The purpose of this present qualitative research is to explore where adolescents learn about sex and what they learn from their source(s). Though there are many different issues related to sex education that are very important, such as the gendering of sex education and the inclusion of various sexuality topics, this research is narrowed down to specifically exploring what the various sources are of selected adolescents’ sex education and also the messages they receive from those sources.

The paper will begin with a review of research on communicating sex knowledge to knowledge, mainly sources such parents and schools. Then the methods of the research and its results will be detailed; and finally, a discussion of the results will be given.

Literature Review

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Parents have a unique position when it comes to sex education because parents are the earliest socialization agents in children’s lives (Kim & Ward, 2007). Many parents actually want to teach and talk to their children about sex (Kim & Ward, 2007; Sprecher, et al., 2008), but they often doubt their skills and competency to impart that knowledge (Geasler, et al., 1995; Afifi et al., 2008). It is important to note though parents can influence their children’s beliefs and attitudes about sex more than, they may not necessarily pass down specific messages related to sex. (Regnerus, 2005; Afifi et al., 2008)

There are certain positive benefits to parents opening up communication with their children about sex. There are indirect effects on the sexual health of adolescents, such as prompting them to have more open talks with their partners and increasing their knowledge of HIV (McKee & Karasz, 2006), and even reduce the chances of sexually risky behavior (Afifi, Joseph, & Aldeis, 2008; Wyckoff et al., 2008). However, parents’ communication is usually centralized on a few topics, such as health, risks, and safety issues, rather than on pleasure, orgasm, etc. (McKee & Karasz, 2006) This is contrasted from Afifi et al.’s (2008) findings based on existing studies of family sex communication, that preventative measures are rarely talked about; and the focus of parental communication is on negative consequences of having sex or is heteronormative (Frankham, 2006).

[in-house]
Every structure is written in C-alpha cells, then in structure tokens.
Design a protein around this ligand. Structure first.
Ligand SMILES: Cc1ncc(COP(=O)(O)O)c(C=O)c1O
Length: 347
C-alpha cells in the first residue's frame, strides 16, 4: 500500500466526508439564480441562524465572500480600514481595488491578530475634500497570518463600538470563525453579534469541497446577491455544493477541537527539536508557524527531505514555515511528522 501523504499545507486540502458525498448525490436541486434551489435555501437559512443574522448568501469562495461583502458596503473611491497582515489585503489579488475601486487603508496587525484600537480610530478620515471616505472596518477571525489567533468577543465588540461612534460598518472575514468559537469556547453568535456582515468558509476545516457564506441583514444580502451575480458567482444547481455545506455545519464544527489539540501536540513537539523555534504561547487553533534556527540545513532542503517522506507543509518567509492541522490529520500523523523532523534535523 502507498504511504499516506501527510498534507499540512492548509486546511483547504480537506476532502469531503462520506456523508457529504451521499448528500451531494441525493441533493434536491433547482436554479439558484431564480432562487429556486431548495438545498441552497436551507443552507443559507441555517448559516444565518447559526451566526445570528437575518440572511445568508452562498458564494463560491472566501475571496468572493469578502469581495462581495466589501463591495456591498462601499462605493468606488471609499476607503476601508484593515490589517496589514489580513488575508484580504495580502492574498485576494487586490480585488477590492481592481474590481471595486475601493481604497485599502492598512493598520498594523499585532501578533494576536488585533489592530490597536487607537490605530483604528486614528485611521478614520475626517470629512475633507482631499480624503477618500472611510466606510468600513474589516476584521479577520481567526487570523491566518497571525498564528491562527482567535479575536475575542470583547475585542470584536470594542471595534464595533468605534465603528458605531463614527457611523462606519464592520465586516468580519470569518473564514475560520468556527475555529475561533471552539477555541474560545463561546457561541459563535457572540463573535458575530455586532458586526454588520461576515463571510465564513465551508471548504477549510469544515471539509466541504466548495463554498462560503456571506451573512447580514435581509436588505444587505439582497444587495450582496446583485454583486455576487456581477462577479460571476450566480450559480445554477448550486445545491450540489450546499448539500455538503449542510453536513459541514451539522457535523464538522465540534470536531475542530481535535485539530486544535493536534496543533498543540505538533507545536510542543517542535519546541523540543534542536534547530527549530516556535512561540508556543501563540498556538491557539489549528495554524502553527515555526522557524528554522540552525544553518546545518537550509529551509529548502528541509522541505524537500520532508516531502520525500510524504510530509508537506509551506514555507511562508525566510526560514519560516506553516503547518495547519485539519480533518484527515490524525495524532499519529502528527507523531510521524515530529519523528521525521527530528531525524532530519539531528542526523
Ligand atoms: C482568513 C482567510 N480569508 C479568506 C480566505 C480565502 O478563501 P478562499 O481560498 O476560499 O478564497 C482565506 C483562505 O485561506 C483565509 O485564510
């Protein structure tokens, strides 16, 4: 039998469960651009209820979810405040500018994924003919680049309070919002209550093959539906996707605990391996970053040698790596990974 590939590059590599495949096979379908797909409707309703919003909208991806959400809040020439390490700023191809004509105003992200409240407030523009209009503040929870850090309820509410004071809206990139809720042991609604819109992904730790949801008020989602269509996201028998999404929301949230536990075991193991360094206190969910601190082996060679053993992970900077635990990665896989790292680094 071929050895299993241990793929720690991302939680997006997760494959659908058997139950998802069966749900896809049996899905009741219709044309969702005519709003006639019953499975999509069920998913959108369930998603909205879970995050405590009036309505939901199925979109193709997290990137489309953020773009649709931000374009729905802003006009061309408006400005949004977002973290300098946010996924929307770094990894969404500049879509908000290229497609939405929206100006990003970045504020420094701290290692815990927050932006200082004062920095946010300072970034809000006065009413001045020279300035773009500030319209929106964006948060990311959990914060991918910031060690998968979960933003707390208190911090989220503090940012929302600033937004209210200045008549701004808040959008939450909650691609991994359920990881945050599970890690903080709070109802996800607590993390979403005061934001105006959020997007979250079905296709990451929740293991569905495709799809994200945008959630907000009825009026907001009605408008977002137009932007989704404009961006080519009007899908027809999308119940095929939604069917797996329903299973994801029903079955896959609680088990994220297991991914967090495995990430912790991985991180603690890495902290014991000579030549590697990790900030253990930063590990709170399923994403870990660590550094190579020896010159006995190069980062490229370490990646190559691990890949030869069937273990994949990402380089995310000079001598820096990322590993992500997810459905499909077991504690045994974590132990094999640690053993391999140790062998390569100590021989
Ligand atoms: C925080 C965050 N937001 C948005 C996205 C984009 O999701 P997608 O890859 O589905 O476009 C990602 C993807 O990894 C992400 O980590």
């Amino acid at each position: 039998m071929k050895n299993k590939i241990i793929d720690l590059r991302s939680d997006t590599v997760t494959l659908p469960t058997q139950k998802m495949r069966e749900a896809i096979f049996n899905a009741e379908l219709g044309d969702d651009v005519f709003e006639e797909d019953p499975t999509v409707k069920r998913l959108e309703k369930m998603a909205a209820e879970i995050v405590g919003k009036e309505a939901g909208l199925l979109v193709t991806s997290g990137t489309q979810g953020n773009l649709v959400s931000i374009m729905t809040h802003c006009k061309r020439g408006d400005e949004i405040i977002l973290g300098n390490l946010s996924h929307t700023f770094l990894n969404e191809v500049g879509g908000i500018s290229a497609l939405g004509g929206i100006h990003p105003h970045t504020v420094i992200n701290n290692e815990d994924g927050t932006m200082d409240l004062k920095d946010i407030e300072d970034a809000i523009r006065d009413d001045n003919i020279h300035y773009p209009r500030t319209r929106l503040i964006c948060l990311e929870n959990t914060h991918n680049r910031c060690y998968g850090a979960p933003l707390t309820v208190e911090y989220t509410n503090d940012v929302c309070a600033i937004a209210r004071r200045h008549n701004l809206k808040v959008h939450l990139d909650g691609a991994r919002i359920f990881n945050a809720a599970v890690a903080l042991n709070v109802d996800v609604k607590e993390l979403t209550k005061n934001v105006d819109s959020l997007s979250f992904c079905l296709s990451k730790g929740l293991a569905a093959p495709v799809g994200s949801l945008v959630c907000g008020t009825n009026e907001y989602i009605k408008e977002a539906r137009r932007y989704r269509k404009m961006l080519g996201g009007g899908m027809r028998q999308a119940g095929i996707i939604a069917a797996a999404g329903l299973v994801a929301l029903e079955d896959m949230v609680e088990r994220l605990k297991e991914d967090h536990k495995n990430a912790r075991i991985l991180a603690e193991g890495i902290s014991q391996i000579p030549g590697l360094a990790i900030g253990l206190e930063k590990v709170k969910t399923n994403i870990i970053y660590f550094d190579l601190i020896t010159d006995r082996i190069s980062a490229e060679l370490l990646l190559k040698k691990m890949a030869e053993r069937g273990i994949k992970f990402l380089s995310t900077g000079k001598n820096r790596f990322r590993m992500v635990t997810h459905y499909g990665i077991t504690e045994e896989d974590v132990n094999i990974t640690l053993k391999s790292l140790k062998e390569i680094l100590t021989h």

The results of Regnerus’ (2005) study showed that even though parents claim to be communicating to their children about sex and birth control, those topics are usually discussed within the contexts of the moral concerns surrounding sexual activity. In addition, the more frequently the parents attended church, there were fewer discussions on sex and birth control and more discussions on moral issues. In addition, it seems that parents are unable to develop the content of their communication. It seems to be rather difficult for the parents to heighten the maturity level of their conversation as their children become older and more mature. (Regnerus, 2005)